Opera Lafayette is a world-class company. Its founder and artistic director, Ryan Brown, led his chamber orchestra, the Violins of Lafayette (strings plus a flute) in a journey down memory lane at the French Embassy on Monday. The performance, marking the opera's 10th anniversary, sampled 17th- and 18th-century French works it has performed through the decade. Two Metropolitan Opera veterans, tenor Jean-Paul Fouchecourt and bass-baritone Francois Loup, sang elegant arias and recitatives from operas of Charpentier, Rameau, Antonio Sacchini and Gluck.
Although a head cold dimmed -- by a shade -- Fouchecourt's otherwise moving Charpentier ("Acteon") and Rameau ("Pygmalion") offerings, no one could match his aria "J'ai perdu mon Eurydice" from Gluck's reform opera "Orphee et Eurydice." Both voice and gestures plunged to the heart of French style: Orphee's profound loss cast in statuesque dignity and utterly human grief that found release in breathtaking flights of embellishments.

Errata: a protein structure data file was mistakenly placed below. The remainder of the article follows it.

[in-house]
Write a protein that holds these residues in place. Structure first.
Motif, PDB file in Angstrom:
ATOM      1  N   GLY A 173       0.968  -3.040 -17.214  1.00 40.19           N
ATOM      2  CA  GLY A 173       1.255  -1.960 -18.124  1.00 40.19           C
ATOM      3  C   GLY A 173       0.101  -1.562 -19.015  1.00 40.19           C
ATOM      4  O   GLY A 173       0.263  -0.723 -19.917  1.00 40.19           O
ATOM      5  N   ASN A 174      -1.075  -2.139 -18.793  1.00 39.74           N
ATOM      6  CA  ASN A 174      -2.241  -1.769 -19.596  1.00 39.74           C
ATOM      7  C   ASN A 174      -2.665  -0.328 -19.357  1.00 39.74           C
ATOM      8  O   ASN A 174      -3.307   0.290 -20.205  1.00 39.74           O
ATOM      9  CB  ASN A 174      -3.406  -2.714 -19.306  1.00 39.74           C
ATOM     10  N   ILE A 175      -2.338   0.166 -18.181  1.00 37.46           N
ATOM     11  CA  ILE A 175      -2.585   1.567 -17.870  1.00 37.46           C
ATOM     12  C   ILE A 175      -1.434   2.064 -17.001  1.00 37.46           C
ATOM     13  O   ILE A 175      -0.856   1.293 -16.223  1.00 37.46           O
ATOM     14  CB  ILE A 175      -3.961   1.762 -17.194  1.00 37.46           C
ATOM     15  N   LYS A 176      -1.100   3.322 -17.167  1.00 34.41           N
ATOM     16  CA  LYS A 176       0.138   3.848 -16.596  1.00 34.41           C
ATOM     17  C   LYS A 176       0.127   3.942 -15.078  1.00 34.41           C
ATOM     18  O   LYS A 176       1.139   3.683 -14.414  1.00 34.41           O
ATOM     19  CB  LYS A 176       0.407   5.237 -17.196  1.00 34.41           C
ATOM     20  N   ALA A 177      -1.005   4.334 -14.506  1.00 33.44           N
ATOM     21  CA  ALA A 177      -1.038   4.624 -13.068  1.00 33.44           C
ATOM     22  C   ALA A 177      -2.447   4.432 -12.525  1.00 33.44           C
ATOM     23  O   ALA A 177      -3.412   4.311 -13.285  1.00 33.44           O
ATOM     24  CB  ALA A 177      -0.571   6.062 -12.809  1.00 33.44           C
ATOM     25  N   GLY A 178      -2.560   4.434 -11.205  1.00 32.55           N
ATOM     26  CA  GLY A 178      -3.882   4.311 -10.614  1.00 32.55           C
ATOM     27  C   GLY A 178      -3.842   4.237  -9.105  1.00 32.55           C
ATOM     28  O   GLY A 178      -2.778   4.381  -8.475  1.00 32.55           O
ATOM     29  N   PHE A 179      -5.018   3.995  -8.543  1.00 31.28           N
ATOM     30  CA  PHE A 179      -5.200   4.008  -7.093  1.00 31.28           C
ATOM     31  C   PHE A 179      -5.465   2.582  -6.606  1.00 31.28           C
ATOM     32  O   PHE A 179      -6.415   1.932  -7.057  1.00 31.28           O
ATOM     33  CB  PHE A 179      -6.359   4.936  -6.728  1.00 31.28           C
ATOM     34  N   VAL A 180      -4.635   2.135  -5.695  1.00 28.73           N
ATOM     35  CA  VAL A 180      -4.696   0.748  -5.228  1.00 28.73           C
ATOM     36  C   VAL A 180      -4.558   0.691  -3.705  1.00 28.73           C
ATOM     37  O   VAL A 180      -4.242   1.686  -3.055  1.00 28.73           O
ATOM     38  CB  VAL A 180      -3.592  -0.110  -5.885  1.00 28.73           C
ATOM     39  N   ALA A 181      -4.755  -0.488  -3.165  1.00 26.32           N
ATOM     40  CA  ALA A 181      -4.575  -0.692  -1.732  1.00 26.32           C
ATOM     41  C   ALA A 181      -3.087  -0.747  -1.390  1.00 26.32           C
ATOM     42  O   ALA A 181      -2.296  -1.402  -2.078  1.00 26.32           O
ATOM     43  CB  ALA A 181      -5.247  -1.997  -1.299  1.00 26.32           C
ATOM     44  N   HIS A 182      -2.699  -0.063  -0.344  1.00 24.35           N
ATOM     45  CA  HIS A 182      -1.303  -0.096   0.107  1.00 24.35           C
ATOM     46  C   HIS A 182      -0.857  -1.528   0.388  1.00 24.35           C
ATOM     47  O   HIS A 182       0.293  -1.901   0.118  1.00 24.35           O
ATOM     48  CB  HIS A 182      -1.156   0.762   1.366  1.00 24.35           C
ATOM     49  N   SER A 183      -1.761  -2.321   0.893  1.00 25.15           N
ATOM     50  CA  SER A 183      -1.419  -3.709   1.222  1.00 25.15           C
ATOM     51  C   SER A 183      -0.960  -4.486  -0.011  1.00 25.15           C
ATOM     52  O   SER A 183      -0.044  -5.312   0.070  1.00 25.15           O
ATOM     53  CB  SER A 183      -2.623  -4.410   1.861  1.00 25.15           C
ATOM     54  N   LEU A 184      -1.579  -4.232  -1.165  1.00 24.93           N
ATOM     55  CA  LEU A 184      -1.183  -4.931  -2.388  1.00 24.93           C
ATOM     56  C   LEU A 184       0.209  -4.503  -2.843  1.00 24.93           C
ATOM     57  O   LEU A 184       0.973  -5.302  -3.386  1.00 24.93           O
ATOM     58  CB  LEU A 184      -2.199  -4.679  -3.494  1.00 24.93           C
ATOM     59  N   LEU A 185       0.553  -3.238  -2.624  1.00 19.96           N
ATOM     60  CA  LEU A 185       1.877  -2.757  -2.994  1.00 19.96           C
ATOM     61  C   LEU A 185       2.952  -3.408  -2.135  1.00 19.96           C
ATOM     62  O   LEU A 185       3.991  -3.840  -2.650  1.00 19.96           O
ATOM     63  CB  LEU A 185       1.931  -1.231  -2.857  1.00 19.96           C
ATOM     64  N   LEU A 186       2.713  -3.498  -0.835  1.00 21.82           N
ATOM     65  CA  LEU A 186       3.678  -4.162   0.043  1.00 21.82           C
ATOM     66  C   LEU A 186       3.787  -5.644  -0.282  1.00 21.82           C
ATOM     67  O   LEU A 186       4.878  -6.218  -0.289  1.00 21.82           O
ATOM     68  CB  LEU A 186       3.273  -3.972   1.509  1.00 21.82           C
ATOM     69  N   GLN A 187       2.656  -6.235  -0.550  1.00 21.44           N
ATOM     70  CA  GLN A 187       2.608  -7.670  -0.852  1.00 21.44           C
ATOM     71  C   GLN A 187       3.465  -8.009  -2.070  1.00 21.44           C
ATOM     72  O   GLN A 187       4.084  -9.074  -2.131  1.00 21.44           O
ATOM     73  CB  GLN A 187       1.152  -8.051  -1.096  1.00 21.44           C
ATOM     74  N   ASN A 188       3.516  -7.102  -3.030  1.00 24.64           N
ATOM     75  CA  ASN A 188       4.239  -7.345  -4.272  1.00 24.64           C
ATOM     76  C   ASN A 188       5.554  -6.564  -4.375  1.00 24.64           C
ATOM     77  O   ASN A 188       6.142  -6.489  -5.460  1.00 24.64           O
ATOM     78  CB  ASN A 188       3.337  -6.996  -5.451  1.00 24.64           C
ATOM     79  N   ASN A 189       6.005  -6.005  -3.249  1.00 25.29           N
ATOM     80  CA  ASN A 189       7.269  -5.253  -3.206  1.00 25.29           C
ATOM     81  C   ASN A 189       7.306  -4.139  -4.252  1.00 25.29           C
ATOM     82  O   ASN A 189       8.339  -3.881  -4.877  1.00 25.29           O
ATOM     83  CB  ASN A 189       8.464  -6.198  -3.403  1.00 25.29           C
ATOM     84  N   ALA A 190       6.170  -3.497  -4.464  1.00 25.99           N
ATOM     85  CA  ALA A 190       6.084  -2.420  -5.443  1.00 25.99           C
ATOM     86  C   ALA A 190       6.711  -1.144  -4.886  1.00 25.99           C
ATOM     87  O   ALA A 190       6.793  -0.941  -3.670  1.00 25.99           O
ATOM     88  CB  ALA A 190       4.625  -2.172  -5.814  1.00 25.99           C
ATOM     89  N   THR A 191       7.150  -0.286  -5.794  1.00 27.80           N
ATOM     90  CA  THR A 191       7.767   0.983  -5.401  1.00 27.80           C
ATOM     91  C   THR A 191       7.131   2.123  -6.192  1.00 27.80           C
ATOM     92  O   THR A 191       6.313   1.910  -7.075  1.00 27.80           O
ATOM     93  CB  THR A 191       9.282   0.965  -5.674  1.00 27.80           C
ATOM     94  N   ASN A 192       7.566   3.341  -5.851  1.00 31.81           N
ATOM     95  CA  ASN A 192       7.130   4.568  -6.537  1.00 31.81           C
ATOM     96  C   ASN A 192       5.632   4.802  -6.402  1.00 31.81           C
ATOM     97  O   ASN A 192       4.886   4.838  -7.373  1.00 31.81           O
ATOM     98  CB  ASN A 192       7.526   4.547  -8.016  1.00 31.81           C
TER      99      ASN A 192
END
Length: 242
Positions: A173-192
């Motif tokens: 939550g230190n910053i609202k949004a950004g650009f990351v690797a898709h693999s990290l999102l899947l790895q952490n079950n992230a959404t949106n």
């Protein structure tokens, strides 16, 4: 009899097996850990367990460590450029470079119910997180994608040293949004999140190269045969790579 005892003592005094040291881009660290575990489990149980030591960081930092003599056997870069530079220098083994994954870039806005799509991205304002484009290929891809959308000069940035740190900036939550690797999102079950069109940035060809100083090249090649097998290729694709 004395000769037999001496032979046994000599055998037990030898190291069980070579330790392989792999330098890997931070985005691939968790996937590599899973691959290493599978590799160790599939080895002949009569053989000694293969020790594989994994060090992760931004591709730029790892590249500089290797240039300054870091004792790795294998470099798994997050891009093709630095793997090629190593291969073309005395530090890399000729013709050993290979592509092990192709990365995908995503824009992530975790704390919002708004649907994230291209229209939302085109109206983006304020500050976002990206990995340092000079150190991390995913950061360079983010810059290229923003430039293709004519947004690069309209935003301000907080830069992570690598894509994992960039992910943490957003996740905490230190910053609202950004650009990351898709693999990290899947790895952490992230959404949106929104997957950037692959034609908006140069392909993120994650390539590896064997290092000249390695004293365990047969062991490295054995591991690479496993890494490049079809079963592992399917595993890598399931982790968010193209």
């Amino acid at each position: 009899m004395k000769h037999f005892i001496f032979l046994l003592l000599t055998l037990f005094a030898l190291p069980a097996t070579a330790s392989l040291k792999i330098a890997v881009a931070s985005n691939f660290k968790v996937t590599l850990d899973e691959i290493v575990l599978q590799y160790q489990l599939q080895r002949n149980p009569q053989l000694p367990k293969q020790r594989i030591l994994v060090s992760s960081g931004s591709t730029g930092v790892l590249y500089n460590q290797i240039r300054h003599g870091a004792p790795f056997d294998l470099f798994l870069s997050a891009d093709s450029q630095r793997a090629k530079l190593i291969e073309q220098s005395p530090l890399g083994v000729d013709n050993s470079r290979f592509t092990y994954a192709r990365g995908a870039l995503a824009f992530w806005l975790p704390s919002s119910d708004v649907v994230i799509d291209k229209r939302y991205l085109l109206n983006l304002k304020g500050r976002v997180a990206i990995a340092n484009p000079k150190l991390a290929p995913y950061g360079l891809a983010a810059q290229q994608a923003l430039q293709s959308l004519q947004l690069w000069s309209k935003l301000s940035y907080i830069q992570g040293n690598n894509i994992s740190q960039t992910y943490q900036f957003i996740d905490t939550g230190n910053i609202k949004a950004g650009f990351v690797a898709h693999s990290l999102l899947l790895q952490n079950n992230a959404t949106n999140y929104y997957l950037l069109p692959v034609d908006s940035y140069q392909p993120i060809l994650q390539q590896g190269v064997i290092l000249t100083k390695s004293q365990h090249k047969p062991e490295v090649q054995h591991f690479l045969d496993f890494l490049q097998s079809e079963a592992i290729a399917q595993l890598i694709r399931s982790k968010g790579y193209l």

Loup's voice gave commanding beauty to Sacchini's storied Oedipus, portrayed as a father adoring his daughter, a scene Loup swept away in streaming Italian lyricism that fit, yet somehow defied, its French text.
Brown led the orchestra in lovely pictorial opera excerpts. In some Lully morsels, the playing re-created visions of Louis XIV's court with its codified manners transformed into crisp, pulsing dances.
-- Cecelia Porter